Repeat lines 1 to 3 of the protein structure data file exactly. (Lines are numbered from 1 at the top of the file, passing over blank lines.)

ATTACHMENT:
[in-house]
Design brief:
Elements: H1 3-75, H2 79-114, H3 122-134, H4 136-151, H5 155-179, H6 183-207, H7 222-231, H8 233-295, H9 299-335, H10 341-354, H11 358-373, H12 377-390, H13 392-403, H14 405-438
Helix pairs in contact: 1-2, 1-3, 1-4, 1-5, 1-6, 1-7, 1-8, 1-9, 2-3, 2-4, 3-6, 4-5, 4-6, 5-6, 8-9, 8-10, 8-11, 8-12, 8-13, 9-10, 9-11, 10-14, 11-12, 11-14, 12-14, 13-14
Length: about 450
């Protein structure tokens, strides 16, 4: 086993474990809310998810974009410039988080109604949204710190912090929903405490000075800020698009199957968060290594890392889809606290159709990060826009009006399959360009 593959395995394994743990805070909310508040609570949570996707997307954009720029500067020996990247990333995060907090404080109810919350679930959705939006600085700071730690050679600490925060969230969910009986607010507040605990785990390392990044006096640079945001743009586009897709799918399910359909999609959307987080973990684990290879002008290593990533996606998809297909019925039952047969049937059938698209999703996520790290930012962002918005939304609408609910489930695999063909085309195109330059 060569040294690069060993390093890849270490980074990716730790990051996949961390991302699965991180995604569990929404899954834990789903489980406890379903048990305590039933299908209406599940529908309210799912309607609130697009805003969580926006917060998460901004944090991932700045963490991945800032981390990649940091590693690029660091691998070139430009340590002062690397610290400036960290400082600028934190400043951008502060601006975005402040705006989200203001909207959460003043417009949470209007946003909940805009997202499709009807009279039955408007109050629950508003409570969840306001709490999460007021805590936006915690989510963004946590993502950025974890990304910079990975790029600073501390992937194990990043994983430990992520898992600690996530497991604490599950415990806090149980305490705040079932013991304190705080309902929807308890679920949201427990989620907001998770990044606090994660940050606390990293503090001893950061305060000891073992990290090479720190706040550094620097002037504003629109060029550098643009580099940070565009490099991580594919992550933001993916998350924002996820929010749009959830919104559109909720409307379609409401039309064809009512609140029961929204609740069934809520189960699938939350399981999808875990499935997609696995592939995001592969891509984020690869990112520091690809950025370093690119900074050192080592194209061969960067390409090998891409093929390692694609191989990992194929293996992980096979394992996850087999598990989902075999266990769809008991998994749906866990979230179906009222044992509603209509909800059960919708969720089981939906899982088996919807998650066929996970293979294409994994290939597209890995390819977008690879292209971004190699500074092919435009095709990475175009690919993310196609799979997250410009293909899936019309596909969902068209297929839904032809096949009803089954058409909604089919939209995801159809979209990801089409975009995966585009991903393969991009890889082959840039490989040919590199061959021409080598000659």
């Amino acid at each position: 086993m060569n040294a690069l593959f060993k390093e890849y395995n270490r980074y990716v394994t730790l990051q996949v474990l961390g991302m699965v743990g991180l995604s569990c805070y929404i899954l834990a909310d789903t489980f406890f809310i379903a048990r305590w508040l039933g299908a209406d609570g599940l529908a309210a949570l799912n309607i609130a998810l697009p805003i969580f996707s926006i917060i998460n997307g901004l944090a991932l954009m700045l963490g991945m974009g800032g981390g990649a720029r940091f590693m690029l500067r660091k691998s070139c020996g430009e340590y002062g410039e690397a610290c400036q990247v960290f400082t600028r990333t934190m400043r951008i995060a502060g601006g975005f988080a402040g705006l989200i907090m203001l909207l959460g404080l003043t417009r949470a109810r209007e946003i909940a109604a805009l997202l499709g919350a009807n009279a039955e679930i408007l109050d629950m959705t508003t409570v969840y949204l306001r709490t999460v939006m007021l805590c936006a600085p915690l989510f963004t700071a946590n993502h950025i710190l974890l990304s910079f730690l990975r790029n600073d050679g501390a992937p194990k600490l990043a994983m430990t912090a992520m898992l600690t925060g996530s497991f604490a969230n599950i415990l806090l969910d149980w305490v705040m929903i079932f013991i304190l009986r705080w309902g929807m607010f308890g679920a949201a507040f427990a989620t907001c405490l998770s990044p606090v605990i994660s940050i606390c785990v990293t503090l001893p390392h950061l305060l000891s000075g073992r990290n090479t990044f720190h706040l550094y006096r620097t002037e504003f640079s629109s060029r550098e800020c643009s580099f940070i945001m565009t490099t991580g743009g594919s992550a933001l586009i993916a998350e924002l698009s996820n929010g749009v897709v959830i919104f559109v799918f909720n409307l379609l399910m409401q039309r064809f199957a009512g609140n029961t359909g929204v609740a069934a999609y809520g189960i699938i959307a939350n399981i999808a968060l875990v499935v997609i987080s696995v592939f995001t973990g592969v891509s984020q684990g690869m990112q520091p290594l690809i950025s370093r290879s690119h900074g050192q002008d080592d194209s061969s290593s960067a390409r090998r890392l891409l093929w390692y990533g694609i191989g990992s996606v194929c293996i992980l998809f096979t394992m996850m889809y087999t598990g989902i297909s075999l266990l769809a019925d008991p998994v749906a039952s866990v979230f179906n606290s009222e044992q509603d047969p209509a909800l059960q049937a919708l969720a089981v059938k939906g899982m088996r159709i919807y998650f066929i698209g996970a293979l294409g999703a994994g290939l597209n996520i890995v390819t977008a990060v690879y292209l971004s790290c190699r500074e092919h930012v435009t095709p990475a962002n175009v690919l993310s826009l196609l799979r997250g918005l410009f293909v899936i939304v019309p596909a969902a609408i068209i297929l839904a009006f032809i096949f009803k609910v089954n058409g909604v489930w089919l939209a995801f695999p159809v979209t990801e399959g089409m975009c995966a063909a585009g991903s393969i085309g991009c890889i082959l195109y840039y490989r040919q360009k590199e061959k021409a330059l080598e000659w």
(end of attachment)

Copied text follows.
[in-house]
Design brief:
Elements: H1 3-75, H2 79-114, H3 122-134, H4 136-151, H5 155-179, H6 183-207, H7 222-231, H8 233-295, H9 299-335, H10 341-354, H11 358-373, H12 377-390, H13 392-403, H14 405-438